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Cheese Minus Cheese

Posted Feb 17 2010 6:08pm

I realize that I’ve been more absent from my blog (and everyone else’s) than I usually am, and I’m sorry about that for every blog-related reason. Nonetheless, my schedule has changed a bit recently such that I’m lucky if I have time to post two or three times a week. It’s not entirely a bummer—just take my word for it. :)

Tonight being an evening I had relatively free, I was excited to get back into some kitchen creativity. I had some silken tofu that needed using, so I decided to turn it into some old-fashioned, down-home comfort food along the lines of a baked cheese-and-potatoes combination.


Of course, by cheese and potatoes I mean neither. This blog exists under the illusion that my thought processes make sense, so please just (continue to) humor me. All I mean is that there are foods I like better than cheese and potatoes, and those other foods were indeed the components of my dinner—it’s just that it kind of turned out like…well, cheese and potatoes.

Please, just indulge me. Then indulge yourself with this lovely sticktoyourribbishness.

Tofu-flower Casserole
or Cheezey Tofu-Cauliflower Bake (Vegan)


  • 1 lb cauliflower florets
  • ~1.5 cups silken tofu, loosely measured
  • juice of 1/2 large lemon (about 2 tbsp)
  • 6 tbsp nutritional yeast
  • 1/2 tsp garlic powder
  • 1/4 tsp sea salt (or to taste)
  • 3/4 cup cooked brown rice
  • 1/4 cup whole wheat bread crumbs (or enough to cover the top of your casserole)


1. Preheat oven to 350*.

2. Steam or microwave the cauliflower until fork-mashable (10 minutes in the microwave worked for me).

3. Meanwhile, combine tofu, lemon juice, nutritional yeast, garlic powder and salt in a blender or food processor and blend until smooth. An immersion blender works well too.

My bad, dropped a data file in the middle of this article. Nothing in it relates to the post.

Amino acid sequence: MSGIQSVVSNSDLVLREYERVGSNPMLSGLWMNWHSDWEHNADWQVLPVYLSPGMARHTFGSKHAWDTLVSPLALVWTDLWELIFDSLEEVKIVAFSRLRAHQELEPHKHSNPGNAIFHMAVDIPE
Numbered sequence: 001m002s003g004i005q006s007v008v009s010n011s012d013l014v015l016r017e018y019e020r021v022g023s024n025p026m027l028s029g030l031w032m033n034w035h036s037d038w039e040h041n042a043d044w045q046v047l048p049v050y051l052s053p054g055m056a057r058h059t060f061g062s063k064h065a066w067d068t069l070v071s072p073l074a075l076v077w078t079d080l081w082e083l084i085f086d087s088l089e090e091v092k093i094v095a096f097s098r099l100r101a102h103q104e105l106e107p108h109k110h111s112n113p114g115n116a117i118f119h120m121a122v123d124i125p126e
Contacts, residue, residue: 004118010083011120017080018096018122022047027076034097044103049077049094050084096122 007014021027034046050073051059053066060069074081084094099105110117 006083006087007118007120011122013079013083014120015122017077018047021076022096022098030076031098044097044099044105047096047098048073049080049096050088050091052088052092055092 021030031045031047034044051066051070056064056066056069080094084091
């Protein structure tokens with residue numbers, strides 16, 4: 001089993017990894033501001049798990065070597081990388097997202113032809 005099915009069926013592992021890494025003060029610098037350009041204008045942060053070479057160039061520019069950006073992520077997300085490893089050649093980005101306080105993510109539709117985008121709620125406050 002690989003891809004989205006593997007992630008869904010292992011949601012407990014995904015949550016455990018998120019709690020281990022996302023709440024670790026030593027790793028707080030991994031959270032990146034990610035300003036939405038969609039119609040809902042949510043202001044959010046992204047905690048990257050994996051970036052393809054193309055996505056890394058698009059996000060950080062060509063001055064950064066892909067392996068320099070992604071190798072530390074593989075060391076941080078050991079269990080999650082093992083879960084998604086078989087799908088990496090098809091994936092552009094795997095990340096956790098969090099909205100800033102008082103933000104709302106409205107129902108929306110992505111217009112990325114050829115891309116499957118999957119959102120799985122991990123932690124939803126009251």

4. When cauliflower is done cooking, dump into a medium bowl and mash coarsely with a fork. Add the brown rice.


5. Pour in the tofu mixture and stir to coat thoroughly and evenly.


6. Coat a small casserole dish (I used 1.5 qt) with cooking spray and pour in the contents of the bowl. Pat down evenly.

7. Sprinkle bread crumbs over the top. I recommend Italian-flavored bread crumbs, or do as I did and mix your bread crumbs with some vegan parm plus oregano and basil or Italian herb blend.

8. Bake for 30 minutes, or until center is no longer too goopy (though your knife won’t likely come out clean if you test it by poking). The casserole should feel a bit firm and the top should have browned a little.


9. Serve over green beans (or other vegetable), if desired.

Serves 2 (generously!)


I challenge you to serve this and make it look pretty. Not that my plating skills are anything much, but yeah, this dish seems to like to behave like the glorious mess that it is.


My dinner tonight marked the 5,424th time I have eaten one of my own recipes and thought, “Why is no one paying me to do this?”


I’m not necessarily trying to toot my own horn, but toot-frickin’-toot if it means I get to play in the kitchen creating deliciousness that I get to pass on to anyone who might be interested! At the very least, I amuse myself, if no one else.


In the couple times I’ve worked with silken tofu, I’ve found it to be super-versatile and fun to use in a variety of ways. Do you like silken tofu? What’s your favorite way to use it?

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